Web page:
Gary Jackson: Fire When Ready Pottery
A Chicago potter’s somewhat slanted view of clay & play
Artist Statement

I have always been drawn to details.

The geometric designs found in nature.
The textures of fabrics & surfaces.
The repetition of patterns in everyday life.

I have always looked at the world
in terms of the finer details.

Noticing the fine details around me and appreciating how they create a larger picture. So many people rush through life without ever seeing the world around them. The fragile ferns and the overlapping shadows they create. The geometric fan of a palm frond. The play of light through colored leaves in autumn. Nature’s designs are all around us if we just take time to notice. All of the subtle beauty that one would miss if they never took time to open their eyes. I try to capture and share a little of that beauty in my work. The fine details. The larger picture.

As a child I had always been very tactile. As I worked my way through college and my early career, I searched for an art form that would be fulfilling and speak to me. My experience in graphic design fulfilled my creative needs and attention to details, but not my three-dimensional and tactile needs. It wasn’t until I touched clay that I found my medium of choice. Working in clay is very satisfying and helps bring out my inner child – like making mud pies with a purpose. As my craftsmanship has improved and my personal style became more apparent, I found that I was once again being drawn to my tactile nature and my interest in natural repetition & textural patterns.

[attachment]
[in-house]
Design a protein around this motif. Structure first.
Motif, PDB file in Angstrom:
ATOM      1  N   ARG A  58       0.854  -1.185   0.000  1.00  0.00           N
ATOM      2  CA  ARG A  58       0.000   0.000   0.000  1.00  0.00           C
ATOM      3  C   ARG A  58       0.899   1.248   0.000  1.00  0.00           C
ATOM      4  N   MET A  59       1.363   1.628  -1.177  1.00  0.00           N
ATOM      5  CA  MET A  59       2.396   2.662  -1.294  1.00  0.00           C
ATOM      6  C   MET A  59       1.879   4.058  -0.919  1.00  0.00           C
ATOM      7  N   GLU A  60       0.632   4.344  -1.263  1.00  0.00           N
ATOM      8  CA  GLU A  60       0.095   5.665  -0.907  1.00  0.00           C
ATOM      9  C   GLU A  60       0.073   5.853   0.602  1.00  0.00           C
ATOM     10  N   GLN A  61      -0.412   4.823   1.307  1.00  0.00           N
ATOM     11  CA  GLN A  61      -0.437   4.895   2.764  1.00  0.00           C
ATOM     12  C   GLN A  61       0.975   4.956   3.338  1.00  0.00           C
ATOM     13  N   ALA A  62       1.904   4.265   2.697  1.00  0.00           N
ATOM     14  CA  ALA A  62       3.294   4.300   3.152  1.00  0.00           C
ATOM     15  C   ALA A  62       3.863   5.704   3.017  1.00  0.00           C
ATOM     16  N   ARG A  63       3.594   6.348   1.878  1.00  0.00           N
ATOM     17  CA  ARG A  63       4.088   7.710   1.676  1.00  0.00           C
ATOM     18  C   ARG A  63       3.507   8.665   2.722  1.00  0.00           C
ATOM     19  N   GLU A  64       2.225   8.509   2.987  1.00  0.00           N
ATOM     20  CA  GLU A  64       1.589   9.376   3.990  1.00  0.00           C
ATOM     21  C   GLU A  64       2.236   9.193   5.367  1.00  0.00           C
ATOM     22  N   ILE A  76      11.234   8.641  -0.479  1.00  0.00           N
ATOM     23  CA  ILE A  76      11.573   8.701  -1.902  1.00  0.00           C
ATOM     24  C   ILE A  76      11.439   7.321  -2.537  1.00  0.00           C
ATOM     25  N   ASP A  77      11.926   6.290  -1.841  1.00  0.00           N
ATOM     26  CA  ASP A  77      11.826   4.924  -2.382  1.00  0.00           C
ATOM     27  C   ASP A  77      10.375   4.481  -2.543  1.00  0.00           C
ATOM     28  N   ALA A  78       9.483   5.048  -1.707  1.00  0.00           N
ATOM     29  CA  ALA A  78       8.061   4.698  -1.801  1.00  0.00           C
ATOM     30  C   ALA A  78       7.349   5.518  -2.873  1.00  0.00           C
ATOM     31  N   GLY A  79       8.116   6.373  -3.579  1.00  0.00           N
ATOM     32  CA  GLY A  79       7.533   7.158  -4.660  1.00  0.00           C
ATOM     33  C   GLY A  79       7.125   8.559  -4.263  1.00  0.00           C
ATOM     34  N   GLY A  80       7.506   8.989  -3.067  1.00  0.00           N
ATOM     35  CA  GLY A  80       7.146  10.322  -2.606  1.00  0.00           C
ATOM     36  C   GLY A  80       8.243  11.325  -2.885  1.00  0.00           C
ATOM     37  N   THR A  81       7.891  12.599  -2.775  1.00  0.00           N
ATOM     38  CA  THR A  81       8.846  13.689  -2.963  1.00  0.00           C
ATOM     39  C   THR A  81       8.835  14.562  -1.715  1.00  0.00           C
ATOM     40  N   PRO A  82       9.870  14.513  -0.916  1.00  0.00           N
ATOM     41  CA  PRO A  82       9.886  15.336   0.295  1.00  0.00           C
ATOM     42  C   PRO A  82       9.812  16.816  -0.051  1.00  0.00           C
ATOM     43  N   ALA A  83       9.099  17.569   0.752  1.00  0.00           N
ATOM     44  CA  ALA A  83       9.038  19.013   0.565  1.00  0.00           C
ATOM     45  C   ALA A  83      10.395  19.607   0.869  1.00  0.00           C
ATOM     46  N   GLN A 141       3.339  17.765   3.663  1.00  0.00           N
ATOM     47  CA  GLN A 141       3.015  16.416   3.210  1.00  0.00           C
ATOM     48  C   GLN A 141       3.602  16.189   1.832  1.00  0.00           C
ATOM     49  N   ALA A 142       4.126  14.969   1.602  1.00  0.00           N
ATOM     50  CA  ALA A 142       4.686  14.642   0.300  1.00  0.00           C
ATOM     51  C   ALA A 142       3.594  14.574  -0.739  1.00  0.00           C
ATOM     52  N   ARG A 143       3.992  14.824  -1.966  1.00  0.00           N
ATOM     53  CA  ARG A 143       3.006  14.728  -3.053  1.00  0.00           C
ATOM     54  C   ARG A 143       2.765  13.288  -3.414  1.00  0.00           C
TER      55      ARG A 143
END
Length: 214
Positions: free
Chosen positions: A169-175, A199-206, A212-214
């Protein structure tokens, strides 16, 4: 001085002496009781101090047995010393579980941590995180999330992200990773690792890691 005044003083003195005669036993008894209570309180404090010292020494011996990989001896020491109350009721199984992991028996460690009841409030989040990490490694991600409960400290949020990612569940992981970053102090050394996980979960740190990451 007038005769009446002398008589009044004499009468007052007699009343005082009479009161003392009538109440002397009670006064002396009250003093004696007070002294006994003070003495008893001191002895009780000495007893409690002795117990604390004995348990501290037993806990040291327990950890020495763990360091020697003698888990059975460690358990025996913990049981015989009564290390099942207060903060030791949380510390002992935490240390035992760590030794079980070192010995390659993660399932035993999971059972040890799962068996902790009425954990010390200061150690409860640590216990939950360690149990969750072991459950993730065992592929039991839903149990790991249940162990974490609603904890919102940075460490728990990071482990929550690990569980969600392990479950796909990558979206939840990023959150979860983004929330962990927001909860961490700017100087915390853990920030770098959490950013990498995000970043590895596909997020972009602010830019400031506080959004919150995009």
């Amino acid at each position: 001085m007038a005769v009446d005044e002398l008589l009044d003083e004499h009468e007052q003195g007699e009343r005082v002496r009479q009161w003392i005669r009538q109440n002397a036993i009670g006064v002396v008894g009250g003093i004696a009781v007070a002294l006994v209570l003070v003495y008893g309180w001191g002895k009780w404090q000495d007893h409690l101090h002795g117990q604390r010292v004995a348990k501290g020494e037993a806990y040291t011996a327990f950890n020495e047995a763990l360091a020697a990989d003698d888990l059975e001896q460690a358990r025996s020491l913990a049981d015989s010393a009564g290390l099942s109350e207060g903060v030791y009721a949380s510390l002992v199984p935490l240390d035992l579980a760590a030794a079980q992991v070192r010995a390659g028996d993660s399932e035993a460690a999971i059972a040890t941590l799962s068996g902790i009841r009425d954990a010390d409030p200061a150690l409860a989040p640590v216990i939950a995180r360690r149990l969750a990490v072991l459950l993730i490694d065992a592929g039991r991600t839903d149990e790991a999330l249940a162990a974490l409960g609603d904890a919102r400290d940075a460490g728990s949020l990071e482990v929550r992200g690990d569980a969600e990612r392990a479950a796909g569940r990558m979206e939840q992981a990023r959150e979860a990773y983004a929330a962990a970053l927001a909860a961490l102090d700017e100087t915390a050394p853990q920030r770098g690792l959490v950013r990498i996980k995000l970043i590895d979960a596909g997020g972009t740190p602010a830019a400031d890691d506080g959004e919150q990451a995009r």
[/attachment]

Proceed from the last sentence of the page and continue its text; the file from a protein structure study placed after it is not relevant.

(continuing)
As my ceramic work progresses, I find that I am working within a dichotomy… control versus random. The controlled craftsmanship needed to make my work and the randomness created in the kiln. I work to make the piece as perfect as I feel necessary; hours of controlled throwing, trimming and stamping to complete a form that pleases me. Then I must relinquish control of that piece when I place it in the kiln. I have found that the process of soda firing my work has forced me to embrace the randomness and appreciate the romance of the firing process. All pieces are handmade and by its very nature a one-of-a-kind masterpiece. The randomness of the flames caressing each pot creates unique pieces – never to be duplicated. The range of soda flashing is a great contrast to the controlled repetition of my textures.

My view of life is seen through the little things,
appreciating the subtle nuances and enjoying the world that surrounds us.
And if it’s not fun… don’t do it.

It’s all about the details.